“All salaried and hourly staff will receive a generous severance package, and I will remain in town for the next few weeks as I oversee the dissolution of the company. Any questions can be directed to the phone number found on your severance letters, which will be in the mail in the next five to seven days. We thank you for your years of service.”

With the crowd still reeling from the announcement, he stepped down from the microphone and moved to leave the room. Just like that. Without any warning and without any apologies, he marched down the hall’s middle aisle towards the front door. People watched him as he passed, still talking among themselves, but no one said or did anything to stop him, not even Kate. She watched his mirror-shine shoes take command of the floor as if he owned the land he walked on.  Step, step, step, step. It beat the tune of a song no one wanted to sing, the song of finality. A song that ended with the slam of the chamber doors behind him.

Kate didn’t move. Every time she blinked, more of her life crumbled before her. There would be no Christmas Eve festival tomorrow night. There would be no Christmas celebration. Scrooge would never again sing. The town would never celebrate its nightly tree lighting ceremony again. Friendships forged over the festival would dissolve. Some families would lose their main livelihood, others their supplemental income and others still would lose a reason to stay alive through the winter. The charities they supported would go unfunded. The town might not even survive without the tourist income. Kate’s found family would disintegrate, just like that. Everything was lost.

A little sniffle made itself known. It was so clear and so loud she couldn’t ignore it. Kate turned to find little Bradley hiding his tears behind his Tiny Tim cane. Kate wondered briefly how many other children had worn that cap before him. How many lives had been changed by those children? What would those people have been without the festival?

Who would she be without the festival?

The questions were more convicting than the answers, and the brain-piercing goodbyes of her chosen family were one big key turning the ignition of her fury. This was her family. No one was going to tear it apart, not as long as she had a say.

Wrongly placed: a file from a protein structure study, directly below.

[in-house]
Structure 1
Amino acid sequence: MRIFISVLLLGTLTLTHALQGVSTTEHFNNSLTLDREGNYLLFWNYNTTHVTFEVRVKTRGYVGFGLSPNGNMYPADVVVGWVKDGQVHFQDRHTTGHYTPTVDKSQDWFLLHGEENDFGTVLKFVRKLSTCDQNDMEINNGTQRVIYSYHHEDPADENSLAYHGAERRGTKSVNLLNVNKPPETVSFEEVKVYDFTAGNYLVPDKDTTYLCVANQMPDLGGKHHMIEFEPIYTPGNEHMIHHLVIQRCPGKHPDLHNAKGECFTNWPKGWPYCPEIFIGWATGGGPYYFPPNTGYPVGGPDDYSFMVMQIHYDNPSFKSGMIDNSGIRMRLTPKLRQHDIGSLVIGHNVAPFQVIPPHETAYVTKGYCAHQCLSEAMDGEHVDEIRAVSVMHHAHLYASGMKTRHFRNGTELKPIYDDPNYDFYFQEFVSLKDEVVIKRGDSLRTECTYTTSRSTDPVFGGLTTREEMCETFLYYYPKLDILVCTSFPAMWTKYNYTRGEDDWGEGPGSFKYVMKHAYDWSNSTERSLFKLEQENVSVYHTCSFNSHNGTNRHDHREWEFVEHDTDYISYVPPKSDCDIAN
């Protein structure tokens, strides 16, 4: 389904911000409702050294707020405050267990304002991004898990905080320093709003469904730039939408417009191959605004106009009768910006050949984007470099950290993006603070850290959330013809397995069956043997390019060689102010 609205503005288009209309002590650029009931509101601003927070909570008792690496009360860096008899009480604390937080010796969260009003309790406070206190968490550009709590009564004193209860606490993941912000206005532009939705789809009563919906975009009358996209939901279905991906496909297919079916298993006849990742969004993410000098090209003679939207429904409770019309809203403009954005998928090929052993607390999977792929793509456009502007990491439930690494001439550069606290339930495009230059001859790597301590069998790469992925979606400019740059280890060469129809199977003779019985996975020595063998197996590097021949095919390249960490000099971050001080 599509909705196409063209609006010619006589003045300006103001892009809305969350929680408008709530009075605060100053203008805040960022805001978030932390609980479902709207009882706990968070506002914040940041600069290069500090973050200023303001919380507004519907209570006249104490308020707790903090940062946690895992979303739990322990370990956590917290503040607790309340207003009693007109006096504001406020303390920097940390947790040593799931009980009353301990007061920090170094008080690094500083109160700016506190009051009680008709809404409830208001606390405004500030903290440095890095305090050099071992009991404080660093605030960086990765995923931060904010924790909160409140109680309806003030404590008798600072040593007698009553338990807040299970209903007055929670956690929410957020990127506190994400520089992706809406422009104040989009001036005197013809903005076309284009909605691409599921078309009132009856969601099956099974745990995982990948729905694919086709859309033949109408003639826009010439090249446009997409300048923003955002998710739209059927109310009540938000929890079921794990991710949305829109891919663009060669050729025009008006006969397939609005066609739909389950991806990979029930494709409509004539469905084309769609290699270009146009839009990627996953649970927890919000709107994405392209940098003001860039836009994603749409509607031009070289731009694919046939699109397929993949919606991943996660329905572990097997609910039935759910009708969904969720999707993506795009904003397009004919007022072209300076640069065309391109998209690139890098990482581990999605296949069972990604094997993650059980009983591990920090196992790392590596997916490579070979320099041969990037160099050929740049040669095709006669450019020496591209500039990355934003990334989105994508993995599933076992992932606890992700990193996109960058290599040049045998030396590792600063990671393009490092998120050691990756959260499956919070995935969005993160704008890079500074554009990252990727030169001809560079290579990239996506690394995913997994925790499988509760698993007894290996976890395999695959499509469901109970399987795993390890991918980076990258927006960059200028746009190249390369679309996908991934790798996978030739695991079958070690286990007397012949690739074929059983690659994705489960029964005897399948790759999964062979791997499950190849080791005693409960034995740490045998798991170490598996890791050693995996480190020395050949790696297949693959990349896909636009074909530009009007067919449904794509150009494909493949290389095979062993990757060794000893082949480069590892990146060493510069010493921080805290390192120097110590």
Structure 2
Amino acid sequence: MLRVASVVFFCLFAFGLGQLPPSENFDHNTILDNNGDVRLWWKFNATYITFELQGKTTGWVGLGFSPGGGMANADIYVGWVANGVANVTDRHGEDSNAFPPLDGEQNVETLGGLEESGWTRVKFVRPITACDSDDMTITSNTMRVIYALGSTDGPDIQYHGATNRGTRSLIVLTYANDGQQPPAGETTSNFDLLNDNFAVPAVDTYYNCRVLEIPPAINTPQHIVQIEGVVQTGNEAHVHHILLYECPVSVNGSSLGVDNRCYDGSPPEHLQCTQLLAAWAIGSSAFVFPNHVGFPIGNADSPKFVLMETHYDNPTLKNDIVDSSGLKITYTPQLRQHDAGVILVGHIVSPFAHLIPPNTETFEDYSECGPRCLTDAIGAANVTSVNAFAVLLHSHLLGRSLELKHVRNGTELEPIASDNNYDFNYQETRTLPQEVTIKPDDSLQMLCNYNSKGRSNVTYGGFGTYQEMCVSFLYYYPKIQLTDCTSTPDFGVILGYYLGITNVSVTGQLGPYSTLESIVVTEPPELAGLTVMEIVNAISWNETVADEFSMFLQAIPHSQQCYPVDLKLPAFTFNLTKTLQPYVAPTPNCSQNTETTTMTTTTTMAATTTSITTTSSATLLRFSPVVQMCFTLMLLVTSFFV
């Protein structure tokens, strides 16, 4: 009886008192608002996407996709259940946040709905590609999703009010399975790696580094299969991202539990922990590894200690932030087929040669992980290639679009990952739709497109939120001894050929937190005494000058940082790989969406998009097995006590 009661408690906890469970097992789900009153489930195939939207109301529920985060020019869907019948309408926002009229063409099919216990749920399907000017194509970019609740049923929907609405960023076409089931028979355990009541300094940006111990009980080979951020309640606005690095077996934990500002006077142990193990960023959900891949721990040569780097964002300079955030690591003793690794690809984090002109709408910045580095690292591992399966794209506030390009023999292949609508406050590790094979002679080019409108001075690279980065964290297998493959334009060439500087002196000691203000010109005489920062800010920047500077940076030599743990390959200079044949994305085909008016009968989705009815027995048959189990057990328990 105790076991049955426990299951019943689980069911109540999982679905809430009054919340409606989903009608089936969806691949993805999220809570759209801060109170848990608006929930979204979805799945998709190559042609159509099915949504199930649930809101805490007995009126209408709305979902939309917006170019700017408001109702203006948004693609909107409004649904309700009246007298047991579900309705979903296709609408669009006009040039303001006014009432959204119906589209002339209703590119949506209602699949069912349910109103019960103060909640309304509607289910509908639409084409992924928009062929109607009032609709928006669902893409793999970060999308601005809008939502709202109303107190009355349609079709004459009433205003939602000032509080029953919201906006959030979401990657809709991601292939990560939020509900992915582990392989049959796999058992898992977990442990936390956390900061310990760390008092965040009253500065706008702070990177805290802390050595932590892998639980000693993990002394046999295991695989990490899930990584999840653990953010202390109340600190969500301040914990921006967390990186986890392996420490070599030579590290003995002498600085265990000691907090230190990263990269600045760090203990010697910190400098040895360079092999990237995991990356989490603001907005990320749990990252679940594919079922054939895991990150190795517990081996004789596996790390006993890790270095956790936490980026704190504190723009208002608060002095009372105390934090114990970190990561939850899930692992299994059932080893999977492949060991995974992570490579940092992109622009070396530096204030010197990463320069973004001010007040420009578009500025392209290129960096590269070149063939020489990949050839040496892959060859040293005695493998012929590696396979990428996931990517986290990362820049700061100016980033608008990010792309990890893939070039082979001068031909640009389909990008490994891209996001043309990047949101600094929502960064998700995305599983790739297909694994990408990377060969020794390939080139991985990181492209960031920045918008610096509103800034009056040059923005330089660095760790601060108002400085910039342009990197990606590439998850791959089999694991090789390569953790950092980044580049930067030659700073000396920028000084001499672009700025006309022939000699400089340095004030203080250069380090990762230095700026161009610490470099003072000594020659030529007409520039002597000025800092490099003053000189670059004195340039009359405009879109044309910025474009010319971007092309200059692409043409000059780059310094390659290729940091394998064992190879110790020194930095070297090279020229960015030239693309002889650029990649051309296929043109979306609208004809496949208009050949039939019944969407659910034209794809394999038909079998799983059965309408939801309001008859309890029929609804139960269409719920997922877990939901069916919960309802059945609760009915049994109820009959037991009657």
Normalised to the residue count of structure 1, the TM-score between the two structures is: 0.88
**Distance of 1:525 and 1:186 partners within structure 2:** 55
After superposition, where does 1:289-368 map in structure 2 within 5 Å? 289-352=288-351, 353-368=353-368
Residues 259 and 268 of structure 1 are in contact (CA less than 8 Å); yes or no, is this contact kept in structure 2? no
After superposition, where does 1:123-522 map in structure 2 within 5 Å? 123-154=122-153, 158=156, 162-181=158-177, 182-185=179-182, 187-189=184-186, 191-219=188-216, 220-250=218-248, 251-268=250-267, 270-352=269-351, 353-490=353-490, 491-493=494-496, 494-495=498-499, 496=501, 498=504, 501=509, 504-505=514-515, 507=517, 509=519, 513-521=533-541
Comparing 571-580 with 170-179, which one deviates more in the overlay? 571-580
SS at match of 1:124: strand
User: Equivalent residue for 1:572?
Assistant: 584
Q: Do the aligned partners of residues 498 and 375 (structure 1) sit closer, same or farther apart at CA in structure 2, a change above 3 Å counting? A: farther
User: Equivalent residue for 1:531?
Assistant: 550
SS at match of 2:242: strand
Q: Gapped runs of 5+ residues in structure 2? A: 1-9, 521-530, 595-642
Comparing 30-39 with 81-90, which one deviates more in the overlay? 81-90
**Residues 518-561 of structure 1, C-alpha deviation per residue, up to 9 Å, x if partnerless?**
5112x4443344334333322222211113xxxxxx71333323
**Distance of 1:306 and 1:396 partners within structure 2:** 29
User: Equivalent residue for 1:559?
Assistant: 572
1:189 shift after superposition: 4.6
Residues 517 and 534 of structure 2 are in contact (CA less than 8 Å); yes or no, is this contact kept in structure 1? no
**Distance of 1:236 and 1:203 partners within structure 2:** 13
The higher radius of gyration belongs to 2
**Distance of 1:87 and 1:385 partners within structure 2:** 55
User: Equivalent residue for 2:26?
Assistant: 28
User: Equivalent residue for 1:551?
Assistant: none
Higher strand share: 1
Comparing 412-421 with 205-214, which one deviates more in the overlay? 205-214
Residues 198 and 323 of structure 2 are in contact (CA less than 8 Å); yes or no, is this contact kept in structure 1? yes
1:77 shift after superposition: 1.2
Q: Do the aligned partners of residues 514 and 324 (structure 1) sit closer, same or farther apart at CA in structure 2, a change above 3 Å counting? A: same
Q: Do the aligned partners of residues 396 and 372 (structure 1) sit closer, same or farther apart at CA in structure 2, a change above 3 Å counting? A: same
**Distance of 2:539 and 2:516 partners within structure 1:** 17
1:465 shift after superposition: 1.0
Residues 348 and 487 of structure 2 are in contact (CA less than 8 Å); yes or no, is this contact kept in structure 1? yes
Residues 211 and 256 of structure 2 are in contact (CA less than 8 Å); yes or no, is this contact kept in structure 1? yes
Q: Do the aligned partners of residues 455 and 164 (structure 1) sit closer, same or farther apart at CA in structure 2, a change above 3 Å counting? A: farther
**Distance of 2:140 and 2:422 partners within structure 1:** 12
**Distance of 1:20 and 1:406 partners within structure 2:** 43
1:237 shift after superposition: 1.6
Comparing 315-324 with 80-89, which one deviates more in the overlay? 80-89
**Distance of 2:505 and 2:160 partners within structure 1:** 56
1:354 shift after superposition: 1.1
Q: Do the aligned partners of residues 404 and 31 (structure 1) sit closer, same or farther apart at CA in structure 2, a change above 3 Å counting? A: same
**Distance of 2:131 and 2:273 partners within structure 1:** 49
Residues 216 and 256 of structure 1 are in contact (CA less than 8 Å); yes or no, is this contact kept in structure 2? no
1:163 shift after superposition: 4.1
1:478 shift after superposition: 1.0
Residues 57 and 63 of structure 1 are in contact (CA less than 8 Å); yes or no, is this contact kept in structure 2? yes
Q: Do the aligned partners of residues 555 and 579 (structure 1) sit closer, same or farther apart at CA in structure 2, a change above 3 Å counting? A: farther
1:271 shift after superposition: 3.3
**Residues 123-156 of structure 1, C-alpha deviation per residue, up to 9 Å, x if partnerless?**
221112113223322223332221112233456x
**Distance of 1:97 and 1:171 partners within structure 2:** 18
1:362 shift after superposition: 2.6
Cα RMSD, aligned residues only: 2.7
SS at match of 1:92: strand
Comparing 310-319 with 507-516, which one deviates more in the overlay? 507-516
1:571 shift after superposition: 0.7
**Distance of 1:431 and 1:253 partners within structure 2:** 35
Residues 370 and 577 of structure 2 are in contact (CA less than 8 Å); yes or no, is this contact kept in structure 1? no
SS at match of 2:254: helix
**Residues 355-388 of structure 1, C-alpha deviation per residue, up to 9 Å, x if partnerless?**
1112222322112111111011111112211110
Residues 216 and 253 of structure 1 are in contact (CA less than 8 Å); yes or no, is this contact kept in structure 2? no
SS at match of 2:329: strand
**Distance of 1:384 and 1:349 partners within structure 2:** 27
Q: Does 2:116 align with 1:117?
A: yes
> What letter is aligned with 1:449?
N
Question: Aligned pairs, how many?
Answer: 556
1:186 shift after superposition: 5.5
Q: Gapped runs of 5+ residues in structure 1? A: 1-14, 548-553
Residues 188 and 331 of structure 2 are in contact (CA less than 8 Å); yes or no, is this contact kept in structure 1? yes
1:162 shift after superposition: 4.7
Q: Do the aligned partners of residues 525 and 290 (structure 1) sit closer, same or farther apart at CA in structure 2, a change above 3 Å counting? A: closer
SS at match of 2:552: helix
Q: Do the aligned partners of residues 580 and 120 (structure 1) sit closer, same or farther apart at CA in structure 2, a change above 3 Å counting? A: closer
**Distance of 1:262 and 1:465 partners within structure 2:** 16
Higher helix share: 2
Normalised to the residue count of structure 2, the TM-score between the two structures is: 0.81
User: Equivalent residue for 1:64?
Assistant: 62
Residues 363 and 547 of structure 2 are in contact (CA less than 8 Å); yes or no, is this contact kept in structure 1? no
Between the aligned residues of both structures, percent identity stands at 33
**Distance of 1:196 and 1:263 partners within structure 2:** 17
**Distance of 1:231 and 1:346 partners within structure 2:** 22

“Stay here, Miss Carolyn.”

“Kate…what are you doing?”

Miss Carolyn’s question wasn’t going to stop her. Kate apparently no longer had a job to lose; she no longer had to listen. These people were her family, her community, and she wasn’t going to stand by while some stick-in-the-mud Dallas boy tried to tear them apart and make this world a little bit worse.

With a spine as straight as a flagpole and chin held twice as high, she stormed out of the Miller’s Point Town Hall. Her hammering heart joined the steady rap of her shoes as she jogged down the front steps towards the shadowed figure in the black sport coat.


He was the only one on the street, hence the only one she possibly could have been talking to, but he didn’t respond to her hail. The flames of frustration and anger licked at the back of her neck, threatening to consume her. She tried to keep them at bay and maintain some semblance of coolness—the last thing she wanted was to be accused of being an emotional or irrational woman by this stranger—but it was next to impossible. When she thought about all the lives this one tiny decision would touch, it burned up every sense of rational control she possessed.

“Hey, Woodward!”

Alys Murray was born and raised in New Orleans, Louisiana, and will always be a southern girl at heart. A graduate of New York University’s Tisch School of the Arts, she travels with her fiancé as much as she can and writes as many love stories as she can.

Learn more about Alys and her books by following these links.